The threat of sexual violence or shaming also explains a number of cases of “paternity fraud”. Several women, some of whom confessed stomach-turning tales of rape and abuse, withheld doubts about their child’s paternity for fear of their partners’ response. One woman told of being raped by a family friend and, believing herself to be at fault because she “trusted him”, never told anyone of the assault or her subsequent doubts about paternity.

Turney also cites several instances where older domineering husbands organized sexual liaisons – in the context of an “open marriage” and plenty of drugs and alcohol – in which their wives participated. When the women subsequently raised questions about the paternity of resulting children, the husbands “muted” the discussion by “highlighting the women’s…sexual transgressions” and threatening them with public disclosure. Such men “drew upon the moral panic,” in other words, to stop the woman revealing the secret about the child’s paternity not to the social father – who knew exactly what was going on – but to society at large. Only when the relationship broke down, and the question of support payments arose, did the men question the child’s biological paternity.

Abortion was considered by several women unsure about which man caused their pregnancy, but the men in their lives were not always supportive. The Catholic step-father of a 16 year-old told her he would never speak to her again if she had an abortion, while a GP to whom another woman confessed her lack of paternity certainty counselled her to “go ahead with the pregnancy and see what happens”. In one instance, the suggestion of abortion triggered an angry response from the woman’s partner because she was threatening to “kill [a] baby that was probably his”.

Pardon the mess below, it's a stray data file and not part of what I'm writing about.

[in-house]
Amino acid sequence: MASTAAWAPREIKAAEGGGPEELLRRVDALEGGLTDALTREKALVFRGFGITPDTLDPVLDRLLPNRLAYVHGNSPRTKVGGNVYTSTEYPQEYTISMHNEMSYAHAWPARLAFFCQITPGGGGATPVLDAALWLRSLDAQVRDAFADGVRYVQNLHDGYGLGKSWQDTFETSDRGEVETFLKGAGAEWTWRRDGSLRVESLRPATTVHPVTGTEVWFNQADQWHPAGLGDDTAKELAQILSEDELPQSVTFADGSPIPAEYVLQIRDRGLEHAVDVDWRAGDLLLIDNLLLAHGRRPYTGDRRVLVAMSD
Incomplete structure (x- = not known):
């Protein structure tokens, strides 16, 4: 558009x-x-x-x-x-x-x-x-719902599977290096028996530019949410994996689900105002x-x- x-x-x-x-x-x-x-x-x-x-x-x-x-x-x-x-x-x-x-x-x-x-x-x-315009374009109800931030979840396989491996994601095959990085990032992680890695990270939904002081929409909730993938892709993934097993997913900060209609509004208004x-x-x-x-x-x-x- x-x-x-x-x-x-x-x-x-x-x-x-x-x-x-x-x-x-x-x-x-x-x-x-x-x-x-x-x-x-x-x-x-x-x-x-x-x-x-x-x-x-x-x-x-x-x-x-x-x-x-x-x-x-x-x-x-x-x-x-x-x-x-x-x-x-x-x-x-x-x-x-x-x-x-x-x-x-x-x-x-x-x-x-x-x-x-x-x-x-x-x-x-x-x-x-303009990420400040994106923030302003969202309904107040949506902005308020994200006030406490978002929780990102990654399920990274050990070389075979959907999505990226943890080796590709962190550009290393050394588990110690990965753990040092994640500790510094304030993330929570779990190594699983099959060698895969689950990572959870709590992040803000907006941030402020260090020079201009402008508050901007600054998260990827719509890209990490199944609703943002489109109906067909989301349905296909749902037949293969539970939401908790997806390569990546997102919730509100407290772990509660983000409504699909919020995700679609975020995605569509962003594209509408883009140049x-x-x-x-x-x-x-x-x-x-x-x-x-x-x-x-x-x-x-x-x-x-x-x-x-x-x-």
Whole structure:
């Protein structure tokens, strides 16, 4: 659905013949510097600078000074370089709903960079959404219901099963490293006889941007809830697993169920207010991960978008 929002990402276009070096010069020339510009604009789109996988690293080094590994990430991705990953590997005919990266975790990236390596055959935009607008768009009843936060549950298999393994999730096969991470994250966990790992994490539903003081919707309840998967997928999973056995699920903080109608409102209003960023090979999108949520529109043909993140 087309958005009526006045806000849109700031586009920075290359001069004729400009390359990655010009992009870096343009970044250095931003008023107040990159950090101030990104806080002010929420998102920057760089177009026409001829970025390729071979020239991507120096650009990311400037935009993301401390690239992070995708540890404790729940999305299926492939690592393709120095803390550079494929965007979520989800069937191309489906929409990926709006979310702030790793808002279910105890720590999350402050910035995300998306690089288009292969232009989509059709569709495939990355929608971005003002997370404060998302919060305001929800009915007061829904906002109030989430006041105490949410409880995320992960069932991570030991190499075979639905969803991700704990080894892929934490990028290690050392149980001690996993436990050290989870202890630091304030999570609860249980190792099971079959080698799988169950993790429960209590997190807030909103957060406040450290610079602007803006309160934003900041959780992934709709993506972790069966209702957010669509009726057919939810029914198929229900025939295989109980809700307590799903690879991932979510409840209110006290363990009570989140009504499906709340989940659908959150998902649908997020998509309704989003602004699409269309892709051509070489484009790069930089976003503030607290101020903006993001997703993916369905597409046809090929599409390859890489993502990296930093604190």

The knowledge that some “defrauded” dads have about women’s paternity “secrets’ is perhaps the most important – and surprising – of Turney’s findings. From the wife-swapping husband, to the abortion-opposing partner, to the spouse who knew his wife had conceived during a short break in their relationship yet nonetheless chose to sign the birth registration papers and act in the role of the child’s father, Turney exposes a range of scenarios where the word”fraud" poorly describe what the men involved describe as the problem they face, if indeed they define their situation as problematic at all. For one man, the issue was that his partner was unfaithful, not that the resulting child wasn’t biologically “his”. However, in explaining his refusal to have a paternity test, the ex-partner of another woman said that while he was “over the fact the [she had] slept with some else,” he hadn’t come to terms with the potential genetic consequences of her actions.

Indeed, Turney’s revelation that some men know there are doubts about their children’s genetic lineage or even that their children are definitely not biologically “theirs” bolsters suggestions – rife in the academic literature – that relationship breakdown is an important trigger to men’s (and consequently society’s) reworking of paternity “secrets” into the moral crime of paternity “fraud.” It also hints at the unsavory possibility, vehemently rejected by Father’s Rights groups, that at least some men are motivated to test – in the wake of marital breakdown – to escape child support liabilities.